Thursday, June 3, 2010

L.A. Official Justifies Cuts for Students with Disabilities: Special Ed "Takes Away from Regular Kids"

Many think it; few say it.  Los Angeles Unified School District is closing 200 classes and a campus for students with disabilities.  The explanation from Superintendent Ramon C. Cortines: "You have to look at it in perspective. When you fund some of the special ed things, you're taking from regular kids."

As reported in the Los Angeles Times, to help close a $640 million budget gap, LA is cutting back on a campus for blind students, closing a special-needs center, and eliminating 200 classes.  As in any district, parents of "regular kids" are also not happy -- other cuts are being made to the arts, music programs, and libraries, not to mention more than 1,000 layoffs.
 
About 13 percent of students in the L.A. school district have an identified disability.  Now more of these students will be put in larger classes, commute farther to school, and in some cases will have no bus transportation at all.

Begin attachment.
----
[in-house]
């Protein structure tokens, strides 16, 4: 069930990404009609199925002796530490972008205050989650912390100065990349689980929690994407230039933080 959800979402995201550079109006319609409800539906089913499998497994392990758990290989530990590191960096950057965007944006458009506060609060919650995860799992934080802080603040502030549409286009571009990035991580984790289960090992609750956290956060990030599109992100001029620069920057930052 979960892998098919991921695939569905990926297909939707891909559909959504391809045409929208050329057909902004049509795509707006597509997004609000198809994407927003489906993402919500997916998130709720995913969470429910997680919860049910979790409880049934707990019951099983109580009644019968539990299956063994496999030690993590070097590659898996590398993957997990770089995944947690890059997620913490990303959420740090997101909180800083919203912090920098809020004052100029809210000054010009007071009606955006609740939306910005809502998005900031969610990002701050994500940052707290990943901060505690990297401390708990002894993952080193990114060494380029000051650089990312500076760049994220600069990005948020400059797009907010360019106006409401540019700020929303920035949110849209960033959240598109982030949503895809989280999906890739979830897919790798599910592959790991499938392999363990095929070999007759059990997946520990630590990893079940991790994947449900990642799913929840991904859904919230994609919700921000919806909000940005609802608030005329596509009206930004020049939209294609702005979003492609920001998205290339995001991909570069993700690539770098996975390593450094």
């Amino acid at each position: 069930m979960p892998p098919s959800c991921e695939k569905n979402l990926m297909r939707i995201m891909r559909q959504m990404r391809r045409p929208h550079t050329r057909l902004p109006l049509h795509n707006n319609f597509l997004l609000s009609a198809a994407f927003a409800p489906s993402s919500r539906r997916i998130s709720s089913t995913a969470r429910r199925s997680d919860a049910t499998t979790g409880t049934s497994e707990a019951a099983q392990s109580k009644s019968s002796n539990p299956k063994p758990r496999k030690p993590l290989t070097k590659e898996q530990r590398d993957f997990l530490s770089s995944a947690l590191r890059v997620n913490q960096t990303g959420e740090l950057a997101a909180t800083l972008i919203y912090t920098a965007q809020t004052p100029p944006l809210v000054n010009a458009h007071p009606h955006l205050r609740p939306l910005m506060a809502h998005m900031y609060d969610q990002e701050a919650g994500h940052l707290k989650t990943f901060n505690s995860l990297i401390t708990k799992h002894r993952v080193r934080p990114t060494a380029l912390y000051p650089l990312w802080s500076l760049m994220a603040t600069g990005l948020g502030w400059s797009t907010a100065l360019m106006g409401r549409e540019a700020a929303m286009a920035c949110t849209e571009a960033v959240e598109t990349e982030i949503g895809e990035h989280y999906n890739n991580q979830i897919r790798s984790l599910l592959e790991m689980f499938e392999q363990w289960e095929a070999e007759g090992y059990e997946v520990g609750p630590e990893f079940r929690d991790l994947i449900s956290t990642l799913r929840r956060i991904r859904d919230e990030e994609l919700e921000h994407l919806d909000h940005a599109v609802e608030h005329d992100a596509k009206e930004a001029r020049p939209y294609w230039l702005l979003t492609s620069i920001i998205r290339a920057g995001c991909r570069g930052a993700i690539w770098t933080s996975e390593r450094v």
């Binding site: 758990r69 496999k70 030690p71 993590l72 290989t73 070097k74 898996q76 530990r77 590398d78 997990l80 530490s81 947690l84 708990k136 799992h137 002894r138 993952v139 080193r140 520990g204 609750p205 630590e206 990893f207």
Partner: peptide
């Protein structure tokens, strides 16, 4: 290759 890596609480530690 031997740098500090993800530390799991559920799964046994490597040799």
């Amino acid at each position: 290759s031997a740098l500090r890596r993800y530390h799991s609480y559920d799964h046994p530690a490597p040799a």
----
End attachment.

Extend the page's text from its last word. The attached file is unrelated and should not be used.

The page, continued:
Yes, the city and the state are facing a tremendous budget problem.  But if you agree with me that Superintendent Cortines should not pit "special ed things" against "regular kids," email him at superintendent@lausd.net.  (The defender of "regular kids" is pictured above.)
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